Bynum pulled an Odom in this game and didn't really do much. I'll be interested to see how the Lakers bigs respond the rest of the series, especially on the glass.

I'm very surprised at the lack of calls on Kidd's defense on Kobe. Heck, even that last shot Kidd caught Kobe's legs about as bad as Kobe did on Chris Paul last round. Clearly, that was a no call. But that dribble handoff play Kidd had his hands on Kobe's waist like he was trying to slow dance with him.

 
At Wednesday, May 04, 2011 6:25:00 AM, Blogger David Friedman said...

Stephen:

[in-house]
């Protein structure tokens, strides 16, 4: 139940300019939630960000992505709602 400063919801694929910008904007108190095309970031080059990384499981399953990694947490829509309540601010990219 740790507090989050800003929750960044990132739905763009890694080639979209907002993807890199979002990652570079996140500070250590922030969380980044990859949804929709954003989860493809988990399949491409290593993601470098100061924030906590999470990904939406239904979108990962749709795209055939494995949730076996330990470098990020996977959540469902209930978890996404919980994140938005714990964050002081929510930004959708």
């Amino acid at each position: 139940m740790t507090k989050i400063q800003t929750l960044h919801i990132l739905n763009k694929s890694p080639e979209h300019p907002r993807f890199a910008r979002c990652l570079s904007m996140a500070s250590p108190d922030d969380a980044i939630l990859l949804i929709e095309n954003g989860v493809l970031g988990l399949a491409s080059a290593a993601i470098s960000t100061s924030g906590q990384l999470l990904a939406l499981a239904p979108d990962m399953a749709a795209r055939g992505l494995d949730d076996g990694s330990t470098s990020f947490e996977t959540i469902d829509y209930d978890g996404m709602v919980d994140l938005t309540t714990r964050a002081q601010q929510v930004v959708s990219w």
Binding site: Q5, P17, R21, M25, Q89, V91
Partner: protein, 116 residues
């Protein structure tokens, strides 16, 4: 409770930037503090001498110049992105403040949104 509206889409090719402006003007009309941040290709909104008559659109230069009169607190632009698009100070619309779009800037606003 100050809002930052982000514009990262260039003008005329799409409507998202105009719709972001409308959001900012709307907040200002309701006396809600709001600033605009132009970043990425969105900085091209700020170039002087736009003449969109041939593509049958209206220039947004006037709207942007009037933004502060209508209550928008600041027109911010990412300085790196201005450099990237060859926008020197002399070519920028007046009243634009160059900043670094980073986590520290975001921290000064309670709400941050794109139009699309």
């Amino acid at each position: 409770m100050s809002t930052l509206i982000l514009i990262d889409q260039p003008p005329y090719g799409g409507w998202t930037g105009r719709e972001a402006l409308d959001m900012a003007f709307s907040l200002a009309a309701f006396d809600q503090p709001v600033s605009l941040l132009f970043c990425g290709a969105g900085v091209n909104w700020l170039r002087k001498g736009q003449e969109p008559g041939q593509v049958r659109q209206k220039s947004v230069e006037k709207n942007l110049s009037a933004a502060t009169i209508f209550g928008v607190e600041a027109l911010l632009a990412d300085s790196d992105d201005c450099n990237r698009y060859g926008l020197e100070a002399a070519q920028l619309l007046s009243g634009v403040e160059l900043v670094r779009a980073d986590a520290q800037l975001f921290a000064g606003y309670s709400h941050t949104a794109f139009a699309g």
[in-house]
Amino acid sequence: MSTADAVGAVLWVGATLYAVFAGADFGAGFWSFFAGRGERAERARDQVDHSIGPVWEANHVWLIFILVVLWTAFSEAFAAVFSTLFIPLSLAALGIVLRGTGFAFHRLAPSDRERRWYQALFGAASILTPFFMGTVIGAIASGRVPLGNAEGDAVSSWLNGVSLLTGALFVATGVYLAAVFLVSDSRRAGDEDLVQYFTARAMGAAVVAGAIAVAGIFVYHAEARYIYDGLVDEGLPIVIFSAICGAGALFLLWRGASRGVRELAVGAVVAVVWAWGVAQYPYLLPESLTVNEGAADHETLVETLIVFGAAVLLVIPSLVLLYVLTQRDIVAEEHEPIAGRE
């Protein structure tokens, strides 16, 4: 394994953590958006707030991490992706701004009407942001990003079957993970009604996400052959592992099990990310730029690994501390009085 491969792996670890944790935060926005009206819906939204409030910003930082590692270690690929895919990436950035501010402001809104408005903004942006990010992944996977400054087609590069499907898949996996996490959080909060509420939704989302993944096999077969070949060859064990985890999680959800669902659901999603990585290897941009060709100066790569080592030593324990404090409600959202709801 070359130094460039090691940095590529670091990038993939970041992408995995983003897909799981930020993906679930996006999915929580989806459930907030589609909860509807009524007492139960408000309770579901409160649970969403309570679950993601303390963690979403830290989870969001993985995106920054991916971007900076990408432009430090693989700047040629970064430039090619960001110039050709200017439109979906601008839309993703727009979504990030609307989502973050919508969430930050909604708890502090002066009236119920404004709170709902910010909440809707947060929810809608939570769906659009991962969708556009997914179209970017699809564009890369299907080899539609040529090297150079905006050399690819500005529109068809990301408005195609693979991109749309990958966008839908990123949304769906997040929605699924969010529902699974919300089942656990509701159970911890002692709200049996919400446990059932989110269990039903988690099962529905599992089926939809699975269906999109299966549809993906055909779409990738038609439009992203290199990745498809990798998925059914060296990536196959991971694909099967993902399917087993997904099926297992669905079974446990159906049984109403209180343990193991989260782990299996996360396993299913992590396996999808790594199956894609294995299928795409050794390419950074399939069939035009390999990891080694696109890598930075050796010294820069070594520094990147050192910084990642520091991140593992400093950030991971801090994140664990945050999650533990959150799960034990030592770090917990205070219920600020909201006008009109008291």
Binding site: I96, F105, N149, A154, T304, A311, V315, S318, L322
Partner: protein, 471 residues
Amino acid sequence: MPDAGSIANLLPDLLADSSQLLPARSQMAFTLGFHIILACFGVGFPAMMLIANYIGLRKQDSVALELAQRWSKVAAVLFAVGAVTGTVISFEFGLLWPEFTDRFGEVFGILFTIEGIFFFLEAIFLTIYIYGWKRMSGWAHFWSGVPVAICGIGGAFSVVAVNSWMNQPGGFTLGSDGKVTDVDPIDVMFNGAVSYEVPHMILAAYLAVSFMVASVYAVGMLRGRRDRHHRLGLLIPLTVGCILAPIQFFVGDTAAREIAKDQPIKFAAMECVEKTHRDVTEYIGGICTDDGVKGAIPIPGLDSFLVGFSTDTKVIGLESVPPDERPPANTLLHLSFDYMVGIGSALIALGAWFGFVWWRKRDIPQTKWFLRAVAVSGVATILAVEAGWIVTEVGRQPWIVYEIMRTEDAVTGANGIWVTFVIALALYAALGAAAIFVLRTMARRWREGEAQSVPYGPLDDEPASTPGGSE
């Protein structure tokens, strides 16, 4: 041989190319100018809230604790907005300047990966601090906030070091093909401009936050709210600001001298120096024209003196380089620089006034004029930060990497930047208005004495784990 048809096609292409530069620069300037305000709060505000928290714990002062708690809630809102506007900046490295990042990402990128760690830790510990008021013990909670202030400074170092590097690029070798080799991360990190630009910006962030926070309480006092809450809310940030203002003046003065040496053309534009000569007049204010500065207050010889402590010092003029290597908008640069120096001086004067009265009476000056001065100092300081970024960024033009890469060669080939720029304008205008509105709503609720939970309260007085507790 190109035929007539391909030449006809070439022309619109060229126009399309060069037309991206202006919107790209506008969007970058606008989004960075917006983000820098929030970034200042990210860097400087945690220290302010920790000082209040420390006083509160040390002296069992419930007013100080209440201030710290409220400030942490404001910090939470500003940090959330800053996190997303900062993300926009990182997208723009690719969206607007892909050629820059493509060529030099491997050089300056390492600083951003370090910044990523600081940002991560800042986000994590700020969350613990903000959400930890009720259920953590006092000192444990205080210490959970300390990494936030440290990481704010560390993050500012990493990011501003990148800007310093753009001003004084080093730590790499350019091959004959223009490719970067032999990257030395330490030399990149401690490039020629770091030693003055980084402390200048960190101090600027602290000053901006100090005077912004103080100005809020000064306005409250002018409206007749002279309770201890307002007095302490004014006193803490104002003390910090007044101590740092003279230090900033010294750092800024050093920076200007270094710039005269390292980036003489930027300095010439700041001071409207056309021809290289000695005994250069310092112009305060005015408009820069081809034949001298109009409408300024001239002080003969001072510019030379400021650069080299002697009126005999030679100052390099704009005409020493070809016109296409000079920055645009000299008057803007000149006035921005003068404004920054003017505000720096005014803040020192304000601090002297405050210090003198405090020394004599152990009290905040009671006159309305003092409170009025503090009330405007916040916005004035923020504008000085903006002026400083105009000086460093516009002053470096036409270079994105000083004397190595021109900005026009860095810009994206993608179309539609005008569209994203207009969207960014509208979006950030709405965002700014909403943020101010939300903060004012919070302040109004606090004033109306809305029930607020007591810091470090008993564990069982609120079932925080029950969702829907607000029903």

I did not intend for that comment to be an exhaustive account of the myriad ways that Gasol was soft and/or ineffective in game one versus Dallas but you are right about the shot that Gasol attempted over Chandler; even though some people foolishly call Gasol the "best, most skilled big man in the NBA" Nowitzki is just one of several big men who are better and/or more skilled than Gasol (isn't Howard a big man?). Kerr is quite correct that Gasol does not have a matchup advantage over Chandler; if Gasol had made the right play and passed to Kobe--who has a matchup advantage every night regardless of who the Lakers are playing--then Kobe may have scored or gotten fouled and the outcome of the game would not have depended on an inherently low percentage play (last second, contested three point shot). I still don't understand why some people are so fixated on defining "clutch" based on a small sample size of low percentage shots. Kobe has strung together more consecutive 30-plus point game ones than anyone since MJ and Kobe has set the NBA record for consecutive 30-plus point games in road closeout situations; he sets the tone early in series and he delivers the final blow on the road at the end of series. Scoring 30 points in a playoff game is not easy and only MJ has done it more often than Kobe in NBA history; that kind of scoring dominance against elite competition is the epitome of "clutch."